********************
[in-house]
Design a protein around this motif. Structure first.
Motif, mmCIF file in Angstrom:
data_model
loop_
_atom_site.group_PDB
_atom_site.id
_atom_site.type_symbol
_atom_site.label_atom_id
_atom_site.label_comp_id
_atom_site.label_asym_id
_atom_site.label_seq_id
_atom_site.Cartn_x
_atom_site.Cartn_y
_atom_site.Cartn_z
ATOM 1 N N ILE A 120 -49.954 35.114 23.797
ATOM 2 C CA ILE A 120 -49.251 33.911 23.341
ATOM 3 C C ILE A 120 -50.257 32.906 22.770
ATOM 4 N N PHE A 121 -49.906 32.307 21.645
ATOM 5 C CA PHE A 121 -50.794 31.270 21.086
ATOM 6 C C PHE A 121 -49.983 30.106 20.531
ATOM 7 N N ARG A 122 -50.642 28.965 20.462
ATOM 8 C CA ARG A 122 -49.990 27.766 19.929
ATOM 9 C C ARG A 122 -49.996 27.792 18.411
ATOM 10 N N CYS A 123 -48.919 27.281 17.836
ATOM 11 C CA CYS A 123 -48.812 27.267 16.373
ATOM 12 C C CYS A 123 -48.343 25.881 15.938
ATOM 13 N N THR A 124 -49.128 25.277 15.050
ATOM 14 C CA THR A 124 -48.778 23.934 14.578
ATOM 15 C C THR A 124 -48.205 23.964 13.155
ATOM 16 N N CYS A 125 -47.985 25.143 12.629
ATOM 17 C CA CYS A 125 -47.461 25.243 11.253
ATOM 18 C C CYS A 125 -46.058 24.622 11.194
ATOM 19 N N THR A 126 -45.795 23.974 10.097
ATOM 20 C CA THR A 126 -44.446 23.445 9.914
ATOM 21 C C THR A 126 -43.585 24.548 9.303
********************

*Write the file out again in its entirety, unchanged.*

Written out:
[in-house]
Design a protein around this motif. Structure first.
Motif, mmCIF file in Angstrom:
data_model
loop_
_atom_site.group_PDB
_atom_site.id
_atom_site.type_symbol
_atom_site.label_atom_id
_atom_site.label_comp_id
_atom_site.label_asym_id
_atom_site.label_seq_id
_atom_site.Cartn_x
_atom_site.Cartn_y
_atom_site.Cartn_z
ATOM 1 N N ILE A 120 -49.954 35.114 23.797
ATOM 2 C CA ILE A 120 -49.251 33.911 23.341
ATOM 3 C C ILE A 120 -50.257 32.906 22.770
ATOM 4 N N PHE A 121 -49.906 32.307 21.645
ATOM 5 C CA PHE A 121 -50.794 31.270 21.086
ATOM 6 C C PHE A 121 -49.983 30.106 20.531
ATOM 7 N N ARG A 122 -50.642 28.965 20.462
ATOM 8 C CA ARG A 122 -49.990 27.766 19.929
ATOM 9 C C ARG A 122 -49.996 27.792 18.411
ATOM 10 N N CYS A 123 -48.919 27.281 17.836
ATOM 11 C CA CYS A 123 -48.812 27.267 16.373
ATOM 12 C C CYS A 123 -48.343 25.881 15.938
ATOM 13 N N THR A 124 -49.128 25.277 15.050
ATOM 14 C CA THR A 124 -48.778 23.934 14.578
ATOM 15 C C THR A 124 -48.205 23.964 13.155
ATOM 16 N N CYS A 125 -47.985 25.143 12.629
ATOM 17 C CA CYS A 125 -47.461 25.243 11.253
ATOM 18 C C CYS A 125 -46.058 24.622 11.194
ATOM 19 N N THR A 126 -45.795 23.974 10.097
ATOM 20 C CA THR A 126 -44.446 23.445 9.914
ATOM 21 C C THR A 126 -43.585 24.548 9.303